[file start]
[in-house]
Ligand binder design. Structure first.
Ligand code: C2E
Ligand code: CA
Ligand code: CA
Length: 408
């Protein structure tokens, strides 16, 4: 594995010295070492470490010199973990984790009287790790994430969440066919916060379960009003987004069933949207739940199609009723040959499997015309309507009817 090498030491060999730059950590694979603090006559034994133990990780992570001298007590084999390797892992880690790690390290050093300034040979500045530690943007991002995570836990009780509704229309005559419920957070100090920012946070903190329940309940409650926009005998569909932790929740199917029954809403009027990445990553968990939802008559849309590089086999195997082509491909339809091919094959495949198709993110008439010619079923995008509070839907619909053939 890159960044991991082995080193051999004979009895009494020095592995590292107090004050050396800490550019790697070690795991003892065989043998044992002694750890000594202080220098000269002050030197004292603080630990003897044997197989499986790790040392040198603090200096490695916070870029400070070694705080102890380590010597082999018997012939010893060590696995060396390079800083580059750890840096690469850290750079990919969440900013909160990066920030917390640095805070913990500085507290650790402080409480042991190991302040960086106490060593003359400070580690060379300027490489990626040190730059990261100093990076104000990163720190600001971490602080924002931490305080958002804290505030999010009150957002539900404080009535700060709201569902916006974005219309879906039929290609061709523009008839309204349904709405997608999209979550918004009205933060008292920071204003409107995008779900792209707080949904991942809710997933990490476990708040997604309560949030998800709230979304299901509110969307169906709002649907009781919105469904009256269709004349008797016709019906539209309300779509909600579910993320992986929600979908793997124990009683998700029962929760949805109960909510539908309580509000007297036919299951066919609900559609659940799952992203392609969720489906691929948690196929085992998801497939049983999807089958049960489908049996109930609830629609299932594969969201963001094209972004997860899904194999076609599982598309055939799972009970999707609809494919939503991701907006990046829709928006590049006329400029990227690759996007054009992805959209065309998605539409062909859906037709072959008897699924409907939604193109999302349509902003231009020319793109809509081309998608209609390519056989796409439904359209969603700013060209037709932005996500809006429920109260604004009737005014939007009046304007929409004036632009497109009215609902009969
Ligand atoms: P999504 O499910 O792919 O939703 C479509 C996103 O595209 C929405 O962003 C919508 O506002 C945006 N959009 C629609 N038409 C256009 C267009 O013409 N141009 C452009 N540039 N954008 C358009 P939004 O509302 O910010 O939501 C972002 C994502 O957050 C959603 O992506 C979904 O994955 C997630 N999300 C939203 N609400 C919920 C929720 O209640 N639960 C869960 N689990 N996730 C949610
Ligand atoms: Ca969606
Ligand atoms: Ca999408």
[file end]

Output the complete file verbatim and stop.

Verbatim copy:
[in-house]
Ligand binder design. Structure first.
Ligand code: C2E
Ligand code: CA
Ligand code: CA
Length: 408
């Protein structure tokens, strides 16, 4: 594995010295070492470490010199973990984790009287790790994430969440066919916060379960009003987004069933949207739940199609009723040959499997015309309507009817 090498030491060999730059950590694979603090006559034994133990990780992570001298007590084999390797892992880690790690390290050093300034040979500045530690943007991002995570836990009780509704229309005559419920957070100090920012946070903190329940309940409650926009005998569909932790929740199917029954809403009027990445990553968990939802008559849309590089086999195997082509491909339809091919094959495949198709993110008439010619079923995008509070839907619909053939 890159960044991991082995080193051999004979009895009494020095592995590292107090004050050396800490550019790697070690795991003892065989043998044992002694750890000594202080220098000269002050030197004292603080630990003897044997197989499986790790040392040198603090200096490695916070870029400070070694705080102890380590010597082999018997012939010893060590696995060396390079800083580059750890840096690469850290750079990919969440900013909160990066920030917390640095805070913990500085507290650790402080409480042991190991302040960086106490060593003359400070580690060379300027490489990626040190730059990261100093990076104000990163720190600001971490602080924002931490305080958002804290505030999010009150957002539900404080009535700060709201569902916006974005219309879906039929290609061709523009008839309204349904709405997608999209979550918004009205933060008292920071204003409107995008779900792209707080949904991942809710997933990490476990708040997604309560949030998800709230979304299901509110969307169906709002649907009781919105469904009256269709004349008797016709019906539209309300779509909600579910993320992986929600979908793997124990009683998700029962929760949805109960909510539908309580509000007297036919299951066919609900559609659940799952992203392609969720489906691929948690196929085992998801497939049983999807089958049960489908049996109930609830629609299932594969969201963001094209972004997860899904194999076609599982598309055939799972009970999707609809494919939503991701907006990046829709928006590049006329400029990227690759996007054009992805959209065309998605539409062909859906037709072959008897699924409907939604193109999302349509902003231009020319793109809509081309998608209609390519056989796409439904359209969603700013060209037709932005996500809006429920109260604004009737005014939007009046304007929409004036632009497109009215609902009969
Ligand atoms: P999504 O499910 O792919 O939703 C479509 C996103 O595209 C929405 O962003 C919508 O506002 C945006 N959009 C629609 N038409 C256009 C267009 O013409 N141009 C452009 N540039 N954008 C358009 P939004 O509302 O910010 O939501 C972002 C994502 O957050 C959603 O992506 C979904 O994955 C997630 N999300 C939203 N609400 C919920 C929720 O209640 N639960 C869960 N689990 N996730 C949610
Ligand atoms: Ca969606
Ligand atoms: Ca999408």